But the Annual depicts the Klemper case being finished before Harvey, Jim and Batman’s famous rooftop meeting that opens The Long Halloween so, who knows.

            • All very valid points. I’m inclined to take the easiest path that includes the least number of mayors and back-and-forth switching. Plus, I consider Batman Annual #14 as a mere reference point, only canonical in the loosest sense. However, as I said, very valid points—and definitely ones worth mentioning on the site, especially for those trying to work out personal headcanon. In any case, I’d love to hear your fully-formed hypothesis once you’ve finished juggling all the evidence.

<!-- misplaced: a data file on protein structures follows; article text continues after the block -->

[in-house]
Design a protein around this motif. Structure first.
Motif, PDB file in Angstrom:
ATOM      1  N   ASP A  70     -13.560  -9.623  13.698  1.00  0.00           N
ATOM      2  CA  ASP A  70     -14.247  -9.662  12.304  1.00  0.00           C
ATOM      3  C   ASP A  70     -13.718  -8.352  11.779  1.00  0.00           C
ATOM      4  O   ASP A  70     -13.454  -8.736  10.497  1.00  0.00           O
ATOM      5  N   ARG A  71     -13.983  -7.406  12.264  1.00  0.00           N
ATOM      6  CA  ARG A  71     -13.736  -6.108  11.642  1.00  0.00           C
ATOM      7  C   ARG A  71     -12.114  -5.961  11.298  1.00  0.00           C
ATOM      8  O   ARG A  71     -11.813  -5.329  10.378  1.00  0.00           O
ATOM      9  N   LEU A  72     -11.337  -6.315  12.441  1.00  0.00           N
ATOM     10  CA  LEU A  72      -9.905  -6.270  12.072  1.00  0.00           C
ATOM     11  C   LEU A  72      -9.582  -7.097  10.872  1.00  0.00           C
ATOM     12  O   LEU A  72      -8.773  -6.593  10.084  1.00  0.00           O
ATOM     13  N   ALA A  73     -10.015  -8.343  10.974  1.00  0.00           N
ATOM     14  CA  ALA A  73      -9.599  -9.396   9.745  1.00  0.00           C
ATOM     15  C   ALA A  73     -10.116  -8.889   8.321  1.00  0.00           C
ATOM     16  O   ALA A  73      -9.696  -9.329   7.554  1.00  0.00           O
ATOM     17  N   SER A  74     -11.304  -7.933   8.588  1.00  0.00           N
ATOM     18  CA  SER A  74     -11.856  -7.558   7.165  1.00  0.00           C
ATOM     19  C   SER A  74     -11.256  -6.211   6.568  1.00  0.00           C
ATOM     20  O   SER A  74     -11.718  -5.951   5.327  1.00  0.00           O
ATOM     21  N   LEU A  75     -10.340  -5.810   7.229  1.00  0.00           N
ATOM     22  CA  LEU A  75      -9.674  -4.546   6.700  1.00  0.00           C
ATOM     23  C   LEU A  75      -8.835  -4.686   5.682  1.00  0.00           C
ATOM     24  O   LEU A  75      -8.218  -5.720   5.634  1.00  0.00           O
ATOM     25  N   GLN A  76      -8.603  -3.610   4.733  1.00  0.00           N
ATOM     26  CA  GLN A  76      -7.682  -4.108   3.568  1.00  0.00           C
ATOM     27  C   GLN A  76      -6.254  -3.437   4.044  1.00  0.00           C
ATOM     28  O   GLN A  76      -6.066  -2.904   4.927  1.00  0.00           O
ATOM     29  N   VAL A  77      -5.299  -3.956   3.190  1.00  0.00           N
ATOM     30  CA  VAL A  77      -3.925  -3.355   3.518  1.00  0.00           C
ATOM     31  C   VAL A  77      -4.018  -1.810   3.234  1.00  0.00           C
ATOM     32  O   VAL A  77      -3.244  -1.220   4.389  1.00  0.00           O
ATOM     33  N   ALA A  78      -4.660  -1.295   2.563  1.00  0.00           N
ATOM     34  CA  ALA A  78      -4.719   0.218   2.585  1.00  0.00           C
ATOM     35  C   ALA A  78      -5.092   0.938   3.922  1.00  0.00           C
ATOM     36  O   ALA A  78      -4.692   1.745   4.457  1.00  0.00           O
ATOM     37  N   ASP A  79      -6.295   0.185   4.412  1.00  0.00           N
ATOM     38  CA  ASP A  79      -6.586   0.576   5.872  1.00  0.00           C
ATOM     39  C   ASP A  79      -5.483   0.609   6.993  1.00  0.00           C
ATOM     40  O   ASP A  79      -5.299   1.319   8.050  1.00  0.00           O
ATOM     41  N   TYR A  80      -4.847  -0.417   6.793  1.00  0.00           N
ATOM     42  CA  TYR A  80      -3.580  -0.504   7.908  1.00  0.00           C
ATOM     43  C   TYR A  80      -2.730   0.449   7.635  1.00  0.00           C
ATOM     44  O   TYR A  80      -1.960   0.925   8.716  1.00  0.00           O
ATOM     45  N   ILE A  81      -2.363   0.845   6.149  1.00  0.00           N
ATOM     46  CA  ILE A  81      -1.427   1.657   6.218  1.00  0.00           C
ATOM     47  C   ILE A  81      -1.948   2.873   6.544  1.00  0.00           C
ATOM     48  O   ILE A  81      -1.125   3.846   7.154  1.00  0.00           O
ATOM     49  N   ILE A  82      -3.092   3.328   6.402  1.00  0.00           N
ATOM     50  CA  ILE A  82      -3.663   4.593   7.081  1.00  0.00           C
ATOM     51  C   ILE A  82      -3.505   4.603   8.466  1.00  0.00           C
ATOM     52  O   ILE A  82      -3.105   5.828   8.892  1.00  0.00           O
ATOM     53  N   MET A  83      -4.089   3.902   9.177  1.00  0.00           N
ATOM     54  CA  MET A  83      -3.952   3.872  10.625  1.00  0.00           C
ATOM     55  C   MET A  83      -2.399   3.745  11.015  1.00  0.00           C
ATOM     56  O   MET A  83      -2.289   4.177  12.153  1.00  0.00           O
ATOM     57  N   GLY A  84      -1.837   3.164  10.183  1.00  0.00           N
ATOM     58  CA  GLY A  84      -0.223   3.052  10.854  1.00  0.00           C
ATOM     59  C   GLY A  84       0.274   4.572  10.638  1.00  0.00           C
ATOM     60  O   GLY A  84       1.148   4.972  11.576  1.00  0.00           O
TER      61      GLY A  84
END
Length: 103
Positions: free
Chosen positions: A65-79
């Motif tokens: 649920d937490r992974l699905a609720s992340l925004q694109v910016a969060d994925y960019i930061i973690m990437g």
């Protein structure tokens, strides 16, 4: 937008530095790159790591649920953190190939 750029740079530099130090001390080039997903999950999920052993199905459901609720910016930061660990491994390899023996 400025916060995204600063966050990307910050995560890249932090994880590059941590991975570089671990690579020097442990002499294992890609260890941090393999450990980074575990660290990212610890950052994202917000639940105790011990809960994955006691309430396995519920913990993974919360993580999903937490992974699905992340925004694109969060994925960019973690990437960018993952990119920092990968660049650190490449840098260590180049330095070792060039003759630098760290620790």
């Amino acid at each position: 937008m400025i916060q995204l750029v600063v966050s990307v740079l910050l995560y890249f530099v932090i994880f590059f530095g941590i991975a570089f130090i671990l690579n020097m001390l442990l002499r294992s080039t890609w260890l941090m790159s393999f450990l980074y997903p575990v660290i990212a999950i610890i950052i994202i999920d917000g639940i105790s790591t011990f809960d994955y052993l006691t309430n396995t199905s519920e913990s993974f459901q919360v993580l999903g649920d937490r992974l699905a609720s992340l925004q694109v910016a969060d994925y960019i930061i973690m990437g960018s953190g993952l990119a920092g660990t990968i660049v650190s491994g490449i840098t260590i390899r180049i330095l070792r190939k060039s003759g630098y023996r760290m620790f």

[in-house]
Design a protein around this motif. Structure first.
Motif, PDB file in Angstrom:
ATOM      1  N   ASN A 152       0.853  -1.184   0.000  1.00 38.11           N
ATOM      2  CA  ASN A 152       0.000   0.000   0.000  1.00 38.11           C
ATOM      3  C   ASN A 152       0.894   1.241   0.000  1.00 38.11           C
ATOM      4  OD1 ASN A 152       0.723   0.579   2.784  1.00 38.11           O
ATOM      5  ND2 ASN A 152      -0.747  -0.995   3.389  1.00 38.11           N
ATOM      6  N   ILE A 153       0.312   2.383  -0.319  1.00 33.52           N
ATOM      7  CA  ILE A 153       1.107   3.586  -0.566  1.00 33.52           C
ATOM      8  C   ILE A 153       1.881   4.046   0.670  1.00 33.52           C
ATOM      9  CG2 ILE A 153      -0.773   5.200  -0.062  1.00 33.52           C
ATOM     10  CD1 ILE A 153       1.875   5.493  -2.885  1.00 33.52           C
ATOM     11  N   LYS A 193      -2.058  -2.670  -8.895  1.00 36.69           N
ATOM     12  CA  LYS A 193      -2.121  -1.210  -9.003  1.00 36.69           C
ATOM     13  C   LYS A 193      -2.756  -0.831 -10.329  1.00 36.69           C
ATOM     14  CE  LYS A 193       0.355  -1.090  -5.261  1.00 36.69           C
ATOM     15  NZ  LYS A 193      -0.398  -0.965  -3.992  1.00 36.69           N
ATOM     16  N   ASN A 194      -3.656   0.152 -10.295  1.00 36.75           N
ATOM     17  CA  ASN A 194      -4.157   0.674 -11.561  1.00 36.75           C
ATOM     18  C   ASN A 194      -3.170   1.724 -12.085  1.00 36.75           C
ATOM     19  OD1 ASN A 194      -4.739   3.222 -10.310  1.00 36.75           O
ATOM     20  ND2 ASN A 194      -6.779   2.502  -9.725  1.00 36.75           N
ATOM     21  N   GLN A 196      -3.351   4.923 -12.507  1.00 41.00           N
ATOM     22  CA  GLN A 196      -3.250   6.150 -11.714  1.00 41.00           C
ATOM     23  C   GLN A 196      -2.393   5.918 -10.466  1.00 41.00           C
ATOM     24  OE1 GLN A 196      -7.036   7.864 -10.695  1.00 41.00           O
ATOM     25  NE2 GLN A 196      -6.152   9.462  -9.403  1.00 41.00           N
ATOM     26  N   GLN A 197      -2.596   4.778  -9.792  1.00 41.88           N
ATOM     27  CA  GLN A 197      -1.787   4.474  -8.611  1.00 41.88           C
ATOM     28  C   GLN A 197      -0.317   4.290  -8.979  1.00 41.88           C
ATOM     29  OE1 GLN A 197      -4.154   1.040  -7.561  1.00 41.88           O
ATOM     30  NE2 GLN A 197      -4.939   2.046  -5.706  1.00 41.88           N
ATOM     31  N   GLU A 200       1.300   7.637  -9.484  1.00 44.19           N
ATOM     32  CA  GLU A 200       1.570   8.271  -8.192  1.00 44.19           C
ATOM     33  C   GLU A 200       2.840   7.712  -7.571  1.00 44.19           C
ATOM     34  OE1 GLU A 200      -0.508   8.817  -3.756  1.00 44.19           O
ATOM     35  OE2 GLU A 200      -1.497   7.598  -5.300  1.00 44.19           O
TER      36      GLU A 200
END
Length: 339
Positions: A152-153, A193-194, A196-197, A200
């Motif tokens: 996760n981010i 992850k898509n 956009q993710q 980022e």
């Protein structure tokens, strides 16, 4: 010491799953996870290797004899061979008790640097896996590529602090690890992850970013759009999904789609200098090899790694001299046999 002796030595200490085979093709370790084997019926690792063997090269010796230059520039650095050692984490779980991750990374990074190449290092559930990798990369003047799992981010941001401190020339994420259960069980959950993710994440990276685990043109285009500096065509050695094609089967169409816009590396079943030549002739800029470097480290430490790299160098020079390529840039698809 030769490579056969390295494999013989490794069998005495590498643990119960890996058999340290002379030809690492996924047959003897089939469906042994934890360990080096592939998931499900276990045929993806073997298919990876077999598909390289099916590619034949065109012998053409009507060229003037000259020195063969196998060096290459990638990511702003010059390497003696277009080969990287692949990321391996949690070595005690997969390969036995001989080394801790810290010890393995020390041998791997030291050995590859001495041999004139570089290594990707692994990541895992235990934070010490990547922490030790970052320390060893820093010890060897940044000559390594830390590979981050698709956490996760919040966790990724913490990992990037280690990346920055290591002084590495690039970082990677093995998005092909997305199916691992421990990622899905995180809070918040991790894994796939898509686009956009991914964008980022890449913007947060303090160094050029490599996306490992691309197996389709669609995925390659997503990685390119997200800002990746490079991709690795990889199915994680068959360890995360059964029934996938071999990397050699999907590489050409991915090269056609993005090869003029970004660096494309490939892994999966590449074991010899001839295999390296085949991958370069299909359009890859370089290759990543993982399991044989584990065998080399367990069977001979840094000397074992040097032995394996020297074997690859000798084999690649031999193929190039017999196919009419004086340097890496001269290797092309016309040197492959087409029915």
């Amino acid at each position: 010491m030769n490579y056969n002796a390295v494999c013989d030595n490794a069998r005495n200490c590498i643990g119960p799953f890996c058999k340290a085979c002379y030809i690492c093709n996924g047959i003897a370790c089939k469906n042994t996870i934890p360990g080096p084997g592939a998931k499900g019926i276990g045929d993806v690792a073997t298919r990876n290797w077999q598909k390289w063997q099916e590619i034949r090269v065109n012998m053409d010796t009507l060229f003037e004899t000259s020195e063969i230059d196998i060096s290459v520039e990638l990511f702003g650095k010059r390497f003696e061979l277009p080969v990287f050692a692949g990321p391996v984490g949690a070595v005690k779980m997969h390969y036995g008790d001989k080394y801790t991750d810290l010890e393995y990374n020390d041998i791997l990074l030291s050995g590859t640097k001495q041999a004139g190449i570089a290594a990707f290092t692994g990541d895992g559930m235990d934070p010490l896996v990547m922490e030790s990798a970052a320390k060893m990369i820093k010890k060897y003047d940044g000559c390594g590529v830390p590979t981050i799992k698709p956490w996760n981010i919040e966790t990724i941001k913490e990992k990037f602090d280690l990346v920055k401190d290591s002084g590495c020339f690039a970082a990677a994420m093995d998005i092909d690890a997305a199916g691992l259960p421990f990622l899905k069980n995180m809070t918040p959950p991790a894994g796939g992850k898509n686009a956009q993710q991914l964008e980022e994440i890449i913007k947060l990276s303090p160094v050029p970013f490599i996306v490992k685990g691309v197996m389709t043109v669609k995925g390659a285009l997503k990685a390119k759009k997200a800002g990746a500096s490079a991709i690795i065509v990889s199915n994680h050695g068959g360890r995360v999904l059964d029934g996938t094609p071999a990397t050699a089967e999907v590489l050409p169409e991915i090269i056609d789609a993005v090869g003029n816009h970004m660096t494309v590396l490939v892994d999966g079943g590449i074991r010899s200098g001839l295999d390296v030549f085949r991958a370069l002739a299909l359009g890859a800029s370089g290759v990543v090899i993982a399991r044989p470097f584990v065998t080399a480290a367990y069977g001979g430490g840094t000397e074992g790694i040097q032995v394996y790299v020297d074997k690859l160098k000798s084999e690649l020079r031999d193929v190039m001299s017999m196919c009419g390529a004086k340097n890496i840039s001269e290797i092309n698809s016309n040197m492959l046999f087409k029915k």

I’ve already moved a few things around on the chronology based upon your Klass notes! I’m going to take a deeper look at Batman Annual #14, Batman Confidential #24-25, and our dreaded Mayor Gill next.